FINDING THE FUNNY
A new series finds the chuckles as well as the challenges in raising a child with learning disabilities
David Tennant on his gripping new drama about the humour and heartache of raising a child with a learning disability
There She Goes opens with the harsh reality of taking a child with a learning disability to a nearby park. First, she runs across the road manically. Then she lies down and has a tantrum on the pavement and refuses to move. Then she bites her father.
In other hands this series could have been a rather grim look at the difficulties of raising a child who isn’t like other kids. But written by actor and comedian Shaun Pye, and based on his own experiences, There She Goes is a bittersweet comedy which will provoke tears and laughs in equal measure and should appeal to fans of BBC1 family sitcom Outnumbered.
‘I was really affected by the script when I first read it,’ says David Tennant, who plays Simon, the father of the family. ‘I’d never read anything so honest. I’d never seen anything that had this raw perspective of this particular life with a daughter who has these challenges. It was impossible to look away from. I was so touched by it and thought it was a story that needed to be told.’
The five- part BBC4 series has been a labour of love for Shaun, a comedy writer for Have I Got News For You, former actor on Extras, and creator of shows The Rack Pack and the comedy Monkey Dust, who’s taken inspiration from his own family. ‘I have a daughter who has an undiagnosed chromosomal disorder and severe learning difficulties,’ he says. ‘Over the years I’ve posted various things on Facebook, little stories, various things that made us laugh or infuriated us. People kept saying to us that this was a perspective that people don’t normally talk about. They found it interesting because it was funny at times and sad at others, and they encouraged me to write about it.’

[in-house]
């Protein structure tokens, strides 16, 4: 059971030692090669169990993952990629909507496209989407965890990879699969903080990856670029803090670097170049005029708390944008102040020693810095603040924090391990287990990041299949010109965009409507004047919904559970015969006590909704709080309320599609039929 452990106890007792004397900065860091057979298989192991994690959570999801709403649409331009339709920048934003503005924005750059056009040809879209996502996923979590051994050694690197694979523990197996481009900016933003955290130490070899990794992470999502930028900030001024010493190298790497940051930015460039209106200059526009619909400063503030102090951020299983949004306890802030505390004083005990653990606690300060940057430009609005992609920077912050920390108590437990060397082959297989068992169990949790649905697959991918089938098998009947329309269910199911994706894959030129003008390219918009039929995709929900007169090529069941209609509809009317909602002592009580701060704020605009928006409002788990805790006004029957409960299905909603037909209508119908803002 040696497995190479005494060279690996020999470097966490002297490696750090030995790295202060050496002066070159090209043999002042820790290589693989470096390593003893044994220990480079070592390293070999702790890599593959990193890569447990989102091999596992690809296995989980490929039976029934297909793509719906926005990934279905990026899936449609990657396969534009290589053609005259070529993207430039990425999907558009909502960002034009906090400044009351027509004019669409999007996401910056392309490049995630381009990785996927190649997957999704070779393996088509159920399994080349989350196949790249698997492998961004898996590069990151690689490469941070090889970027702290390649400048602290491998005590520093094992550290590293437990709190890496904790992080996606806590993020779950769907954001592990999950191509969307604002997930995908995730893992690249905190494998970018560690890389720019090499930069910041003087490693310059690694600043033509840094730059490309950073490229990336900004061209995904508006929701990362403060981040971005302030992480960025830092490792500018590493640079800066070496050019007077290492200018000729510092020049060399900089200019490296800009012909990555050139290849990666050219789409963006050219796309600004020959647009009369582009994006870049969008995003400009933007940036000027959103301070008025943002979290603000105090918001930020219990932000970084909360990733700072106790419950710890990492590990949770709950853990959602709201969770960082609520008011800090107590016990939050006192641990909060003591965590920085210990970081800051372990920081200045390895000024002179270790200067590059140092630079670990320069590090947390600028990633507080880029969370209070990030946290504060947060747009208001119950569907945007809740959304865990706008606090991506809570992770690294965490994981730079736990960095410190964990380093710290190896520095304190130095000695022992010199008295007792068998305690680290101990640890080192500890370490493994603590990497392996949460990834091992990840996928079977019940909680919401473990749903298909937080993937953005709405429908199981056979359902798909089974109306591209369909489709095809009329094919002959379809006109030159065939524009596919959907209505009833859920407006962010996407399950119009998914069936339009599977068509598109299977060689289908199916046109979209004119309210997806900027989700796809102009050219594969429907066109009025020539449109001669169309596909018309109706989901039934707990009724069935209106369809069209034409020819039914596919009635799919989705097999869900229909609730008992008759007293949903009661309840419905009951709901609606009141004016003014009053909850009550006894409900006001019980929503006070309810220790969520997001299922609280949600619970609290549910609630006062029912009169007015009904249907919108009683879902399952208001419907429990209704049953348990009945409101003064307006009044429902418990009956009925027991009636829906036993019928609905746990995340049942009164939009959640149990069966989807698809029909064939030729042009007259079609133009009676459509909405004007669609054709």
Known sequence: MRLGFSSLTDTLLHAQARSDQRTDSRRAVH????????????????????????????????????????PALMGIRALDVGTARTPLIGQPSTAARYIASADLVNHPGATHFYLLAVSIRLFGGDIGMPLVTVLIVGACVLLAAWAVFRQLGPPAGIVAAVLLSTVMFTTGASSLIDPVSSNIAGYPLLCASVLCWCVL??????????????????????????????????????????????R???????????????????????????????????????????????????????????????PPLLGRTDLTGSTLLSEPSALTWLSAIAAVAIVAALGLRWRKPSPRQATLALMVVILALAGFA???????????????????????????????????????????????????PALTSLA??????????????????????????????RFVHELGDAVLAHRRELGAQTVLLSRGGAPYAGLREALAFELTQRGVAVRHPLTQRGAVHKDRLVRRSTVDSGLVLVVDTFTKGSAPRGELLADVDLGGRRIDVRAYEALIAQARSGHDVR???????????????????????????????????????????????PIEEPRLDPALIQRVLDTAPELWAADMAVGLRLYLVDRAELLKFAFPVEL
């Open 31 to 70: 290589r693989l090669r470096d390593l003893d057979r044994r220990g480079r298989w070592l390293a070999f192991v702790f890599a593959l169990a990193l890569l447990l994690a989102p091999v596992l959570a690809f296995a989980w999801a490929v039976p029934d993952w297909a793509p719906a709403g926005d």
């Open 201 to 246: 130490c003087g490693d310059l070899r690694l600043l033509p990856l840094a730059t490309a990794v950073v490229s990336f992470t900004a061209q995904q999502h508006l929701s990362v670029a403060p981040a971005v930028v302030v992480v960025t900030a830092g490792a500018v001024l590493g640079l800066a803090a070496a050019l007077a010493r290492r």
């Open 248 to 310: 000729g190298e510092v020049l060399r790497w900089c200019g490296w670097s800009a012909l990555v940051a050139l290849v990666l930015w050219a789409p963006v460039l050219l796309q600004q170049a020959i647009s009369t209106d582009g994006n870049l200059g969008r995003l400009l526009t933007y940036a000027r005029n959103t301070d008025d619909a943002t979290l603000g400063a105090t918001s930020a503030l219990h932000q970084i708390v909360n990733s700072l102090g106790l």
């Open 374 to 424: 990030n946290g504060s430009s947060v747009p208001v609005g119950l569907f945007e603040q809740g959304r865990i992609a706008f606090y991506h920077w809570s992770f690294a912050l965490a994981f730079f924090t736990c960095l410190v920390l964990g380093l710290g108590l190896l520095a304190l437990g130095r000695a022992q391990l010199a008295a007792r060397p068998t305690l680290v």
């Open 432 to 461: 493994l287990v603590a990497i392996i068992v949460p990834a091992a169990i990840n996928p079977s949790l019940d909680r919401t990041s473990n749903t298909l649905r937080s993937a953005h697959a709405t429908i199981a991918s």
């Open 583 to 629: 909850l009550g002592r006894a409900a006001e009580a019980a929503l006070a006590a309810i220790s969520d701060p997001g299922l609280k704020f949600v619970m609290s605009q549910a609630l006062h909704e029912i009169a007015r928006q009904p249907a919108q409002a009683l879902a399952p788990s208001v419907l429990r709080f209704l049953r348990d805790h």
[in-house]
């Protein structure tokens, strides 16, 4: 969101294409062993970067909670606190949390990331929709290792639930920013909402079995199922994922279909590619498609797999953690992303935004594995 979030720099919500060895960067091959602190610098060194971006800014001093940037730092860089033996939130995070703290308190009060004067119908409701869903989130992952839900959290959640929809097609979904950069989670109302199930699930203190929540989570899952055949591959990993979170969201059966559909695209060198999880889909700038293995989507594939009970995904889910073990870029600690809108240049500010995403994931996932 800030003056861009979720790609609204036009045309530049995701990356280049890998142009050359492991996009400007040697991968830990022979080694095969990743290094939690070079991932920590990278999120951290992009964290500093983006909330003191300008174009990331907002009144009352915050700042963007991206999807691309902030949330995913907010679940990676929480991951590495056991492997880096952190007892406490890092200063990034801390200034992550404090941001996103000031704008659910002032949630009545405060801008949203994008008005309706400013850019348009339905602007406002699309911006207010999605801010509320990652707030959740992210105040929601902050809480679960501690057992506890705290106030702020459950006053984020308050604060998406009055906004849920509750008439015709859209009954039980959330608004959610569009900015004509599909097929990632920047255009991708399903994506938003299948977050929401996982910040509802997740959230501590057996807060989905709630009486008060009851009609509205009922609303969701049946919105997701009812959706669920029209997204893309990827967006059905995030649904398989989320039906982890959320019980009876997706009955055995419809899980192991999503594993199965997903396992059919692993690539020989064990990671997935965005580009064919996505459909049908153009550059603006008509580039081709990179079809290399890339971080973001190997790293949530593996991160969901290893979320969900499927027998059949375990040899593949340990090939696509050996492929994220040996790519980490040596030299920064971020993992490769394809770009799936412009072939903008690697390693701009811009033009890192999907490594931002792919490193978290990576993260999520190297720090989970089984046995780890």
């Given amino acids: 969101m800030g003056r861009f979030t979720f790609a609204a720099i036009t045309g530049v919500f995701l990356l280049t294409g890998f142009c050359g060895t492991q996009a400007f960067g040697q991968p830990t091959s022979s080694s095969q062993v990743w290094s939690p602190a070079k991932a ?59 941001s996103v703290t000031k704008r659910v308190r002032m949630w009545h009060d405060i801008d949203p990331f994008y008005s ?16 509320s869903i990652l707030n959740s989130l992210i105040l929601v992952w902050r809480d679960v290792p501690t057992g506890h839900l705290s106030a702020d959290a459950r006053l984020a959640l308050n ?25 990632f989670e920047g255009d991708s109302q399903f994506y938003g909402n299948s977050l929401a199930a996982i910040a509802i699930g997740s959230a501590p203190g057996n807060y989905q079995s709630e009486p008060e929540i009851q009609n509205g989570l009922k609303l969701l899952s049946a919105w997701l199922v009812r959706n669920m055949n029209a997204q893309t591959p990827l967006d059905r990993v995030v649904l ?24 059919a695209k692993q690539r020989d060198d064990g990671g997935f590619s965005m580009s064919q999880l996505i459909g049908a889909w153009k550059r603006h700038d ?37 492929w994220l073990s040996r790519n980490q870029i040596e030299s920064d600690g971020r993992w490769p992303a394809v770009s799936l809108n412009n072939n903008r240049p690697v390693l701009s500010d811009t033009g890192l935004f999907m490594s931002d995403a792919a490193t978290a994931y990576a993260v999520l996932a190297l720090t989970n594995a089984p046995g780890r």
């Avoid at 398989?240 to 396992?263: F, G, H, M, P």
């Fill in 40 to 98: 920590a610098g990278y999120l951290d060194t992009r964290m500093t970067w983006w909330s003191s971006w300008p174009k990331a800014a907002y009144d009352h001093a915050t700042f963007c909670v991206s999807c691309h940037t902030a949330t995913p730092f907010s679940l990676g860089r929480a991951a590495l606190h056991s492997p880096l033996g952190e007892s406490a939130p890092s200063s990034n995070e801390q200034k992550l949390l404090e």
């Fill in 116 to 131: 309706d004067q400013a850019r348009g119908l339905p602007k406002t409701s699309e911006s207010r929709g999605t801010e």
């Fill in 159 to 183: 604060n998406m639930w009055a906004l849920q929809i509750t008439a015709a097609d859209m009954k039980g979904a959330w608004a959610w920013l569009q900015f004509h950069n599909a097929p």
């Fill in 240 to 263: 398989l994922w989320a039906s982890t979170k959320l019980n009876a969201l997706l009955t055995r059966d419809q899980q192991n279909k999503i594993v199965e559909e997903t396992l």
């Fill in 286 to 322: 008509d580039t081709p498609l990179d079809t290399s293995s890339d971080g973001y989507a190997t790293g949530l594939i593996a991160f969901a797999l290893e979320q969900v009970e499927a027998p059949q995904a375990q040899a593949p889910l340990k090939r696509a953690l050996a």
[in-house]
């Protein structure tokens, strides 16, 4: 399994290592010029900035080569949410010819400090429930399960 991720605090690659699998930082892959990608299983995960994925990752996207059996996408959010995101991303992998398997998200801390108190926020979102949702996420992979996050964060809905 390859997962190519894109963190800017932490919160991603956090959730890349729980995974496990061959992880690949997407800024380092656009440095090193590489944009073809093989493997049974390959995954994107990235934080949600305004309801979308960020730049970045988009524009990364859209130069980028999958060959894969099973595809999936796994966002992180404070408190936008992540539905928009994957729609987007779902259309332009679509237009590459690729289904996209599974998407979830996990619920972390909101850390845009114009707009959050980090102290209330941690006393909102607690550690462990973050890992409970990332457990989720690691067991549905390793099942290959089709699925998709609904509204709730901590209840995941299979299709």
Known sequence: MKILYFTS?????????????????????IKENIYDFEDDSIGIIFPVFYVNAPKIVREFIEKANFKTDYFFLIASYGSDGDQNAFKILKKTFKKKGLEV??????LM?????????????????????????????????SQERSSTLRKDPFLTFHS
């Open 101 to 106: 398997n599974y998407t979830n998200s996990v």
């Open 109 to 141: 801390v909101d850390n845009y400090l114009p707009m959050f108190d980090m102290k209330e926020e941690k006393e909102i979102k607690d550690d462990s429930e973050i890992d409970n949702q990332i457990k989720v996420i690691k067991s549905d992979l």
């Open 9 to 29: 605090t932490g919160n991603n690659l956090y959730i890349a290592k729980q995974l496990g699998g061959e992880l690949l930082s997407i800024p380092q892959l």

The series runs over two timelines; the first is 2006 when a baby girl is born to Simon and Emily, played by W1A star Jessica Hynes, who already have a son, Ben (Edan Hayhurst). In the womb the baby has an abnormally small head, and when she is born Emily is certain that there is something wrong with her daughter, but doctors are unable to find what it is.
This immediately leads to problems in the marriage as Simon takes solace in going out drinking with colleagues while an increasingly haggard Emily is forced to deal with a sick baby on her own.
When we’re taken forward to 2015 life is more settled for the family, but they are still struggling to deal with the demands of Rosie, a gorgeous and loving girl now aged nine, who doesn’t talk and has the mental age of someone much younger.
Shaun’s family had veto over all the episodes and the first scripts were changed by his wife (who has asked not to be named), because the original saw the father character in too positive a light. ‘I wrote an initial version and then consulted with my wife and it is hilarious to look at the differences between the two versions,’ he says. ‘The way I’d written it, there was this poor bloke who had a really tough life with his learningdisabled daughter and his wife was always nagging him. When my wife read it, she said, “You’re having a laugh.” So in the end Simon does not come out of it well, but people who know me would say that’s who I was.